Elon Musk thinks that we are on the brink of a Robopocalypse. With machine learning making leaps and bounds, it is easy to understand his fear. We’ve had warnings enough since Asimov’s day that as artificial intelligence outpaces our own ability to learn, it will become increasingly hard for us to control it. In the same way that our motivations are foreign and incomprehensible to the dogs and cats that we keep as pets, an artificial intelligence would desire things that we cannot begin to understand.
When extrapolating the possible desires of a hyper-intelligent being, we always come up with the worst one possible: the idea that eradicating humanity is the only way to save the earth, or robots, or whatever great absolute the artificial intelligence has been taught to value. This is the fear that always lurks at the edge of technological advancement: how do we know our creation won’t turn on us like a super-powered rebellious teenager, annihilating human life in some tantrum? It is this same fear that lurks beneath the eternal proclamations of doom that each new social technology incurs: Is Social Media Ruining Our Youth? The idea that technology is stripping something vital away from our lives is constant.
Of course, this idea didn’t stem from nothing. There was a time in western history when science and technology was seen as an inherent part of human existence. But, in the 19th century there was a big movement to separate out science from the spiritual. It is in this movement that changed the emotional center of Frankenstein, to the colder scientific one of Asimov. It is when the idea of technology as cold and soul-less, driven by heartless rationality, began. That idea wasn’t accepted whole-heartedly. Whole disciplines argued for decades over the role of science in a caring human community. As the industrial age plowed forward however, and the image of technology as bright, hard chrome took over, that idea spread to encompass everything about how we think of technology.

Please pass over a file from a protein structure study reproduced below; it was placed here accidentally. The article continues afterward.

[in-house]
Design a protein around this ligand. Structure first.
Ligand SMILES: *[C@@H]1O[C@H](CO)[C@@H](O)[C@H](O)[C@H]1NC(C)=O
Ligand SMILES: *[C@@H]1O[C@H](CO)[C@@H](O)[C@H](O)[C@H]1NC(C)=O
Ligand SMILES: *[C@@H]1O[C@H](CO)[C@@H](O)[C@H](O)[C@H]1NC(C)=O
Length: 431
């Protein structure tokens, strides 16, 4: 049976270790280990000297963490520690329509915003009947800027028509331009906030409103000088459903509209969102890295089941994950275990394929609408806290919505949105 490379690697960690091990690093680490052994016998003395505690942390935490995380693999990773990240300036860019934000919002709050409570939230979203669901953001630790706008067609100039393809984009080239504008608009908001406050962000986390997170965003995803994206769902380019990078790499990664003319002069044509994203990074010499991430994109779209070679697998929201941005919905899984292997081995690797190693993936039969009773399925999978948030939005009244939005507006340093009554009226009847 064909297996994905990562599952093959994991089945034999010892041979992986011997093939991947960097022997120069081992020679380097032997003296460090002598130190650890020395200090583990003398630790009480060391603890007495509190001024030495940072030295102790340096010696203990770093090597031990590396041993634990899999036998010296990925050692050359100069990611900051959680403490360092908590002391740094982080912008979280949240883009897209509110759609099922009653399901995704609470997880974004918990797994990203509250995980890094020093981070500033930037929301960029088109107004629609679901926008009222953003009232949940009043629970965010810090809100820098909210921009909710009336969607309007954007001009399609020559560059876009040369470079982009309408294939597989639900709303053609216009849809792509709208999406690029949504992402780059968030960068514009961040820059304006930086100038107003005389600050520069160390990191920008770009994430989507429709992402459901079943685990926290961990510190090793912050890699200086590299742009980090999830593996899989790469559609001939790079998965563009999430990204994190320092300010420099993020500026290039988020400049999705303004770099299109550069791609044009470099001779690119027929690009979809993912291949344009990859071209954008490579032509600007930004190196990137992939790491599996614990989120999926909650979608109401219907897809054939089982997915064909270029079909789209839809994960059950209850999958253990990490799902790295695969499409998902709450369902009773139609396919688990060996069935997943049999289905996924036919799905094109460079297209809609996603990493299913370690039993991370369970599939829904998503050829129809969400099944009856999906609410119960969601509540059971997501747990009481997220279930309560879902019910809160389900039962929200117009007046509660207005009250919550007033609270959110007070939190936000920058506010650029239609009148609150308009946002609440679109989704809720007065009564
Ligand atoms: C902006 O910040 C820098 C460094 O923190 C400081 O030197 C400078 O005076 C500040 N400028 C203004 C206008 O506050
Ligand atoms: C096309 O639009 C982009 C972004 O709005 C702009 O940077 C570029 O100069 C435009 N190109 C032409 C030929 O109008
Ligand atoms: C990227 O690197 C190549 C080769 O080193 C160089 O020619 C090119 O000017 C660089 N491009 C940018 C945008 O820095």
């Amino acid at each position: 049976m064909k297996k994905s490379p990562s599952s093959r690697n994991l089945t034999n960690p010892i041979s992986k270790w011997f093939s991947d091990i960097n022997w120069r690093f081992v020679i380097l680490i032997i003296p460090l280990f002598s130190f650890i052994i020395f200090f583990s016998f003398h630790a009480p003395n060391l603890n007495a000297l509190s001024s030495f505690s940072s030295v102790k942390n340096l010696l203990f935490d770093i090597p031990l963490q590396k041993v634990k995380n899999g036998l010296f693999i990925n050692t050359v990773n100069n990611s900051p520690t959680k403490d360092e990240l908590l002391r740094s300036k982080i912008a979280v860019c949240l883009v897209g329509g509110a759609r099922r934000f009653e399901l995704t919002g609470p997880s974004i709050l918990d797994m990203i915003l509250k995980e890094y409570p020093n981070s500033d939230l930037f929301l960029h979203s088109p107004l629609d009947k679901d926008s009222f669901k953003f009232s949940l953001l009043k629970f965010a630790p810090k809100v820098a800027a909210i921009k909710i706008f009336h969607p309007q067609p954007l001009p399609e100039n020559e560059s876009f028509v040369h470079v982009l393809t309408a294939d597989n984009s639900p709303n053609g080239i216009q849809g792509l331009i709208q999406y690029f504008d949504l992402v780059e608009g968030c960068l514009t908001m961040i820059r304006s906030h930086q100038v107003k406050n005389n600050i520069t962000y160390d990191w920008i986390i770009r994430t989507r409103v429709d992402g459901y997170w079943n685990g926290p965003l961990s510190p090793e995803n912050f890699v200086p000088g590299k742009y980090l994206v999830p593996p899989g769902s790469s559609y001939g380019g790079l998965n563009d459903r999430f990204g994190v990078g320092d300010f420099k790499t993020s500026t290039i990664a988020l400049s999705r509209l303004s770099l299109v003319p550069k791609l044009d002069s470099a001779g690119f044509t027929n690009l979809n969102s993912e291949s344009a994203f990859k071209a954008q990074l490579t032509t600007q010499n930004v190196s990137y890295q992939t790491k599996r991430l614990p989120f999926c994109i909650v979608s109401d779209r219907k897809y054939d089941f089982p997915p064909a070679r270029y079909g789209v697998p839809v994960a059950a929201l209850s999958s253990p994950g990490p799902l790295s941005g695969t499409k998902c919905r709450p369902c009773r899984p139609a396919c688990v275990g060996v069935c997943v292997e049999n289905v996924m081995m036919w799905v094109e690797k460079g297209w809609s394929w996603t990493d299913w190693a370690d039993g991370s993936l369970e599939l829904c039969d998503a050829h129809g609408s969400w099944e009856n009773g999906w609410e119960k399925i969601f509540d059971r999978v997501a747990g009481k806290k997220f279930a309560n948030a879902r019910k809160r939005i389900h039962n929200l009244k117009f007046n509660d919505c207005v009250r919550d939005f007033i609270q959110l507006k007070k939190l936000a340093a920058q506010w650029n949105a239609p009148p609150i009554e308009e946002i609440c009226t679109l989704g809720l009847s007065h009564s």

The problem is that technology is dangerous - but for all the reasons that Mr. Musk seems to not see. We think of technology as functioning under pure logic, existing with a sharp perfection that is unforgiving of human existence. But, technology is our creation. It doesn’t form in a vacuum, but is shaped by the needs and ideas and biases of the humans who work on it. It is messy, full of the logical fallacies and shortcuts that we already use to shape our worlds.
In fact, this is already causing issues. The technology industry has a serious diversity problem - even large corporations like Google have difficulty hiring qualified women and people of color. Unfortunately this is often reflected in the products created: automatic soap dispensers that can’t sense the hands of black people, Google algorithms that leave CEO positions out of women's job searches, and face detection software that can’t recognize asian faces. All of these are symptoms of a larger problem: the biases and stereotypes of people are reflected and extrapolated in our technology.
That is the real danger of technology: the illusion of objectivity. In thinking that any artificial intelligence we create will be greater than ourselves, we ignore the ways in which we are shaping that intelligence. By thinking of algorithms as somehow “above discrimination” we risk creating an illusion that the biases they present are based in fact.
The fact of the matter is that artificial intelligences are, at the core, artificial. They are created - shaped into something from nothing. They are part of humanity's legacy. Rather than fearing that they will choose to replace us, we ought to be focusing on how to train them to surpass our human failings. After all, it is with their assistance that we will reach the future of peace and prosperity that we all dream of achieving.